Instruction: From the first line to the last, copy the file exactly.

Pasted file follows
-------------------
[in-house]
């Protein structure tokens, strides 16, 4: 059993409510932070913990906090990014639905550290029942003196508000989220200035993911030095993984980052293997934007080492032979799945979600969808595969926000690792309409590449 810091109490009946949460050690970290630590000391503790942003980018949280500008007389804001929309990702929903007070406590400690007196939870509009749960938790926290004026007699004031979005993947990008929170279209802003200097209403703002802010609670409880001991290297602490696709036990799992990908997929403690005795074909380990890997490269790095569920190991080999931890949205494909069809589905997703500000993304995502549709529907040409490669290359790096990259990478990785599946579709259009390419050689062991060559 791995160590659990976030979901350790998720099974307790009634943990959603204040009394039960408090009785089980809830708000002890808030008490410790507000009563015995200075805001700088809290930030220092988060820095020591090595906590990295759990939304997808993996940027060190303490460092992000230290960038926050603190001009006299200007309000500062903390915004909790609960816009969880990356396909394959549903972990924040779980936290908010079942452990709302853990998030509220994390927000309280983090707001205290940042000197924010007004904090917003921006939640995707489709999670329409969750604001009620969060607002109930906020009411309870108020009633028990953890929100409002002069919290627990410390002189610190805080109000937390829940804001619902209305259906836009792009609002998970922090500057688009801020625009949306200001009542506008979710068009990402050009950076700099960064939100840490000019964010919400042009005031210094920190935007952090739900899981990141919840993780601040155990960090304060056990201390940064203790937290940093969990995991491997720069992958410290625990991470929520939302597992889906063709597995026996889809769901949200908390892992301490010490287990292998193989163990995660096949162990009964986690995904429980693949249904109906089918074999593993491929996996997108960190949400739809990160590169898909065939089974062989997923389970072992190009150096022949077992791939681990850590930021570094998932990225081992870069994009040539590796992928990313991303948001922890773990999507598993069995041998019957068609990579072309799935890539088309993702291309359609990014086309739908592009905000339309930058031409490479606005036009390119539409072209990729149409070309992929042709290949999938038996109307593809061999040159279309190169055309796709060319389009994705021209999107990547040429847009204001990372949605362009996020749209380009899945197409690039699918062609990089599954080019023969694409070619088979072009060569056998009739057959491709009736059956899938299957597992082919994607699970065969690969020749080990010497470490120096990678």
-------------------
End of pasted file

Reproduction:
[in-house]
């Protein structure tokens, strides 16, 4: 059993409510932070913990906090990014639905550290029942003196508000989220200035993911030095993984980052293997934007080492032979799945979600969808595969926000690792309409590449 810091109490009946949460050690970290630590000391503790942003980018949280500008007389804001929309990702929903007070406590400690007196939870509009749960938790926290004026007699004031979005993947990008929170279209802003200097209403703002802010609670409880001991290297602490696709036990799992990908997929403690005795074909380990890997490269790095569920190991080999931890949205494909069809589905997703500000993304995502549709529907040409490669290359790096990259990478990785599946579709259009390419050689062991060559 791995160590659990976030979901350790998720099974307790009634943990959603204040009394039960408090009785089980809830708000002890808030008490410790507000009563015995200075805001700088809290930030220092988060820095020591090595906590990295759990939304997808993996940027060190303490460092992000230290960038926050603190001009006299200007309000500062903390915004909790609960816009969880990356396909394959549903972990924040779980936290908010079942452990709302853990998030509220994390927000309280983090707001205290940042000197924010007004904090917003921006939640995707489709999670329409969750604001009620969060607002109930906020009411309870108020009633028990953890929100409002002069919290627990410390002189610190805080109000937390829940804001619902209305259906836009792009609002998970922090500057688009801020625009949306200001009542506008979710068009990402050009950076700099960064939100840490000019964010919400042009005031210094920190935007952090739900899981990141919840993780601040155990960090304060056990201390940064203790937290940093969990995991491997720069992958410290625990991470929520939302597992889906063709597995026996889809769901949200908390892992301490010490287990292998193989163990995660096949162990009964986690995904429980693949249904109906089918074999593993491929996996997108960190949400739809990160590169898909065939089974062989997923389970072992190009150096022949077992791939681990850590930021570094998932990225081992870069994009040539590796992928990313991303948001922890773990999507598993069995041998019957068609990579072309799935890539088309993702291309359609990014086309739908592009905000339309930058031409490479606005036009390119539409072209990729149409070309992929042709290949999938038996109307593809061999040159279309190169055309796709060319389009994705021209999107990547040429847009204001990372949605362009996020749209380009899945197409690039699918062609990089599954080019023969694409070619088979072009060569056998009739057959491709009736059956899938299957597992082919994607699970065969690969020749080990010497470490120096990678």